In the past year, however, there has been a significant increase in ADA issues where the case involved a family with a child with autism.
Children with autism can be “runners,” where they slip out of sight in a split second. Protecting a child on the autism spectrum from “running” is, for a parent, a vital safety concern and can be a matter of life and death. In my small nonprofit that provides gymnastics classes to children with special needs, we assign volunteers specifically to catch students who run from the group because the gymnastics floor is spotted with dangerous equipment, cheese pits (large holes filled with foam cubes), and in-ground trampolines.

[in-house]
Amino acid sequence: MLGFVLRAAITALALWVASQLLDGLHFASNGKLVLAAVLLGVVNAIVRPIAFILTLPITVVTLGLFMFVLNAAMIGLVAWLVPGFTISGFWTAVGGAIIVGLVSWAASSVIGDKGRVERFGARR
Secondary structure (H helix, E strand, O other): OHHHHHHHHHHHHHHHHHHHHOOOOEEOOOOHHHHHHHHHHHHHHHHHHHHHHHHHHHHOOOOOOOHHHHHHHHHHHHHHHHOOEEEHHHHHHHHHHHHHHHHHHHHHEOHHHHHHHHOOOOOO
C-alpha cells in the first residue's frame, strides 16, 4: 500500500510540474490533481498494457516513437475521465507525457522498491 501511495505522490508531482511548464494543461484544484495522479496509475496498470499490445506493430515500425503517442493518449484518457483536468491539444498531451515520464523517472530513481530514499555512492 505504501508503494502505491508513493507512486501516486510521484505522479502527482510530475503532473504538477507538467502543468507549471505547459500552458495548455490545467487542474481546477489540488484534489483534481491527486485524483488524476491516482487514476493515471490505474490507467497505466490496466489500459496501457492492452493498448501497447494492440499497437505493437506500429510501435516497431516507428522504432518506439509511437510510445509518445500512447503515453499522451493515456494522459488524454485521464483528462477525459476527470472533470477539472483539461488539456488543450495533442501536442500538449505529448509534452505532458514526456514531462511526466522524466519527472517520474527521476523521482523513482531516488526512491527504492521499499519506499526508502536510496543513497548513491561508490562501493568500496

A second matter invokes more of the Fair Housing Act with elements of the ADA present. Some housing communities, or homeowners' associations, prohibit certain structures or modifications, often for aesthetic reasons and to ensure uniformity. Conflicts arise when fencing is prohibited, yet is needed to keep a child with autism from running out of the yard and into the road. Prohibiting the fence would violate the law.
The Americans with Disabilities Act, along with the Fair Housing Act, protect children and adults on the autism spectrum. For some children and adults, protecting their rights can be a matter of safety.